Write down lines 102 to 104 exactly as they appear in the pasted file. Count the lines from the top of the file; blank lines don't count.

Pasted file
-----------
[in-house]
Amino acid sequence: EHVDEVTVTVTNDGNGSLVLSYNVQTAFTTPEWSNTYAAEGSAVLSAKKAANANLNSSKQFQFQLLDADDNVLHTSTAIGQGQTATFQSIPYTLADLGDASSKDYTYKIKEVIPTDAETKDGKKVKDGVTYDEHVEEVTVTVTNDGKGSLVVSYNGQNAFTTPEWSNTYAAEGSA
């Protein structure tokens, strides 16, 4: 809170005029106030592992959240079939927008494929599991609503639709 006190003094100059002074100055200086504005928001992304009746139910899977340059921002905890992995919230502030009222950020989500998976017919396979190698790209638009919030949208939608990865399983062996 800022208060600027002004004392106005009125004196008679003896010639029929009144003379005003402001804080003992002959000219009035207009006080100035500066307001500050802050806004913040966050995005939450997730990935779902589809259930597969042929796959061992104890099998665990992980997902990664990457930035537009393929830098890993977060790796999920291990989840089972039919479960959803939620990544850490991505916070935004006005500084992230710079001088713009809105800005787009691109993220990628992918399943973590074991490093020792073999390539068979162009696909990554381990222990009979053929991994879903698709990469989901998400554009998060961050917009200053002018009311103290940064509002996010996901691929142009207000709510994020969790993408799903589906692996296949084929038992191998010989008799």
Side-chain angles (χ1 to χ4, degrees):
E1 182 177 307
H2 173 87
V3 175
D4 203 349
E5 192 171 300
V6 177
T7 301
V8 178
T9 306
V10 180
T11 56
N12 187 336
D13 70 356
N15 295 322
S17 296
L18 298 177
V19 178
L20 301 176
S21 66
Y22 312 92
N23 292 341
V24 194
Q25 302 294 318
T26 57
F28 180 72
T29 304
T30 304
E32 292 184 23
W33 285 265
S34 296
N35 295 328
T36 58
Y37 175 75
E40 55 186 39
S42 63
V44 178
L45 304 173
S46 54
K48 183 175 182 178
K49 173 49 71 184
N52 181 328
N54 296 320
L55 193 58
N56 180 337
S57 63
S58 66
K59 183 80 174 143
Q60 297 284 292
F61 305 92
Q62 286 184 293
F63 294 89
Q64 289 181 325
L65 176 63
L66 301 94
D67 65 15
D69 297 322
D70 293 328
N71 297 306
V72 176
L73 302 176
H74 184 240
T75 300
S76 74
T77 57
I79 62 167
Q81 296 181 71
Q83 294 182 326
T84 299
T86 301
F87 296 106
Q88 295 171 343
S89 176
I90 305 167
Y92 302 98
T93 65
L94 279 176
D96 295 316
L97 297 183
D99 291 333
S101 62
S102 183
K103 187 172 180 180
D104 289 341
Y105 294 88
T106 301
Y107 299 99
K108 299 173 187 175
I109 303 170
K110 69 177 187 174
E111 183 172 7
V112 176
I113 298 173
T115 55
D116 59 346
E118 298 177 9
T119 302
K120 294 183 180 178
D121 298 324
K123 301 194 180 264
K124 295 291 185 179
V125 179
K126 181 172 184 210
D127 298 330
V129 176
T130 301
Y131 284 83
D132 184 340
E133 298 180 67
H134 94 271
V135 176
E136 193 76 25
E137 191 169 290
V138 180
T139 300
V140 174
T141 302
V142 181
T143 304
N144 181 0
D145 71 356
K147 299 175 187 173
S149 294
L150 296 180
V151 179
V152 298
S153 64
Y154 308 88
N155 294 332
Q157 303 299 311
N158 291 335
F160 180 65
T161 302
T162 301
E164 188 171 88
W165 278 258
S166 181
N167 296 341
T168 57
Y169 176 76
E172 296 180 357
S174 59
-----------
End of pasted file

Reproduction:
D121 298 324
K123 301 194 180 264
K124 295 291 185 179